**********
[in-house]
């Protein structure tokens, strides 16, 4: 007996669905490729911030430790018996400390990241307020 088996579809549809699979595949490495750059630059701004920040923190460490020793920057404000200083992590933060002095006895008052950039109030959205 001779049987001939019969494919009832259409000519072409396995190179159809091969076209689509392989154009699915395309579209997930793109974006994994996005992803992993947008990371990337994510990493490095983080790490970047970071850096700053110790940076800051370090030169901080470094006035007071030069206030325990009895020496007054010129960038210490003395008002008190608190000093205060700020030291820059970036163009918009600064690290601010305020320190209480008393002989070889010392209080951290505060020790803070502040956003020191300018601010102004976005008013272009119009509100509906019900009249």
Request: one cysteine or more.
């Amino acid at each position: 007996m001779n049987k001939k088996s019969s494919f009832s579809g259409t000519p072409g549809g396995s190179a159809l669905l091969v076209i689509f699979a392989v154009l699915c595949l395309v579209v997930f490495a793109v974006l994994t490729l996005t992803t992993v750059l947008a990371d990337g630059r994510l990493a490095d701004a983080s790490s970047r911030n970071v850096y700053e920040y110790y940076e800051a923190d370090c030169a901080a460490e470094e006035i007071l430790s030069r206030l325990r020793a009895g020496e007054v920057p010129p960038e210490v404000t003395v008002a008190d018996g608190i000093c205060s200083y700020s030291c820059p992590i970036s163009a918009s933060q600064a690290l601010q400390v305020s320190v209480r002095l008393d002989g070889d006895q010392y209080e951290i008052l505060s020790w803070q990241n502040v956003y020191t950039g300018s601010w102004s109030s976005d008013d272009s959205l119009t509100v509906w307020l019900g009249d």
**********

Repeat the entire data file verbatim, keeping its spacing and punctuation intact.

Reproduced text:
[in-house]
């Protein structure tokens, strides 16, 4: 007996669905490729911030430790018996400390990241307020 088996579809549809699979595949490495750059630059701004920040923190460490020793920057404000200083992590933060002095006895008052950039109030959205 001779049987001939019969494919009832259409000519072409396995190179159809091969076209689509392989154009699915395309579209997930793109974006994994996005992803992993947008990371990337994510990493490095983080790490970047970071850096700053110790940076800051370090030169901080470094006035007071030069206030325990009895020496007054010129960038210490003395008002008190608190000093205060700020030291820059970036163009918009600064690290601010305020320190209480008393002989070889010392209080951290505060020790803070502040956003020191300018601010102004976005008013272009119009509100509906019900009249």
Request: one cysteine or more.
């Amino acid at each position: 007996m001779n049987k001939k088996s019969s494919f009832s579809g259409t000519p072409g549809g396995s190179a159809l669905l091969v076209i689509f699979a392989v154009l699915c595949l395309v579209v997930f490495a793109v974006l994994t490729l996005t992803t992993v750059l947008a990371d990337g630059r994510l990493a490095d701004a983080s790490s970047r911030n970071v850096y700053e920040y110790y940076e800051a923190d370090c030169a901080a460490e470094e006035i007071l430790s030069r206030l325990r020793a009895g020496e007054v920057p010129p960038e210490v404000t003395v008002a008190d018996g608190i000093c205060s200083y700020s030291c820059p992590i970036s163009a918009s933060q600064a690290l601010q400390v305020s320190v209480r002095l008393d002989g070889d006895q010392y209080e951290i008052l505060s020790w803070q990241n502040v956003y020191t950039g300018s601010w102004s109030s976005d008013d272009s959205l119009t509100v509906w307020l019900g009249d």